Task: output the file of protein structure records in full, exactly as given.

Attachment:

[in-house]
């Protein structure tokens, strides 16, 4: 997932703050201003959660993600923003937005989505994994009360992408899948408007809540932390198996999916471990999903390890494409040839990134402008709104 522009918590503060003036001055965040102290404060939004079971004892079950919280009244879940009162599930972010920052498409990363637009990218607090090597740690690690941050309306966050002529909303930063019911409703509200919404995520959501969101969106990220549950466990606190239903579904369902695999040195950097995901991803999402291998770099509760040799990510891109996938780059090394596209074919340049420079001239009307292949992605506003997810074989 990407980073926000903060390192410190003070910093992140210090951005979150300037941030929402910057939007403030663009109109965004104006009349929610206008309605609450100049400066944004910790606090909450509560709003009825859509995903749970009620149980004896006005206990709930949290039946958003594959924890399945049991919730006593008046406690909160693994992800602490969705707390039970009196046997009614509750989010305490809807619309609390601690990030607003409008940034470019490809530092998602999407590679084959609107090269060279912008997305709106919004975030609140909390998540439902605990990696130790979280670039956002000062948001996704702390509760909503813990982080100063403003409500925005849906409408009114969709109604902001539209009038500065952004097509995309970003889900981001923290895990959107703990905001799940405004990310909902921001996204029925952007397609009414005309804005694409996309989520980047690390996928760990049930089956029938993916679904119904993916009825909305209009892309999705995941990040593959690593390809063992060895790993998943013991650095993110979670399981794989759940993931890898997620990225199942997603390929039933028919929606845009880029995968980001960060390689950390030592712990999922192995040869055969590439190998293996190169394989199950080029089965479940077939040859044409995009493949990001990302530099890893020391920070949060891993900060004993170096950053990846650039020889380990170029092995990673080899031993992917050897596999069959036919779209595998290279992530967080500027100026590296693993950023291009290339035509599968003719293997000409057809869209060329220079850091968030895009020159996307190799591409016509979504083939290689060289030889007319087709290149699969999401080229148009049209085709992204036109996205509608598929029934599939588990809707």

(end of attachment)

[in-house]
């Protein structure tokens, strides 16, 4: 997932703050201003959660993600923003937005989505994994009360992408899948408007809540932390198996999916471990999903390890494409040839990134402008709104 522009918590503060003036001055965040102290404060939004079971004892079950919280009244879940009162599930972010920052498409990363637009990218607090090597740690690690941050309306966050002529909303930063019911409703509200919404995520959501969101969106990220549950466990606190239903579904369902695999040195950097995901991803999402291998770099509760040799990510891109996938780059090394596209074919340049420079001239009307292949992605506003997810074989 990407980073926000903060390192410190003070910093992140210090951005979150300037941030929402910057939007403030663009109109965004104006009349929610206008309605609450100049400066944004910790606090909450509560709003009825859509995903749970009620149980004896006005206990709930949290039946958003594959924890399945049991919730006593008046406690909160693994992800602490969705707390039970009196046997009614509750989010305490809807619309609390601690990030607003409008940034470019490809530092998602999407590679084959609107090269060279912008997305709106919004975030609140909390998540439902605990990696130790979280670039956002000062948001996704702390509760909503813990982080100063403003409500925005849906409408009114969709109604902001539209009038500065952004097509995309970003889900981001923290895990959107703990905001799940405004990310909902921001996204029925952007397609009414005309804005694409996309989520980047690390996928760990049930089956029938993916679904119904993916009825909305209009892309999705995941990040593959690593390809063992060895790993998943013991650095993110979670399981794989759940993931890898997620990225199942997603390929039933028919929606845009880029995968980001960060390689950390030592712990999922192995040869055969590439190998293996190169394989199950080029089965479940077939040859044409995009493949990001990302530099890893020391920070949060891993900060004993170096950053990846650039020889380990170029092995990673080899031993992917050897596999069959036919779209595998290279992530967080500027100026590296693993950023291009290339035509599968003719293997000409057809869209060329220079850091968030895009020159996307190799591409016509979504083939290689060289030889007319087709290149699969999401080229148009049209085709992204036109996205509608598929029934599939588990809707």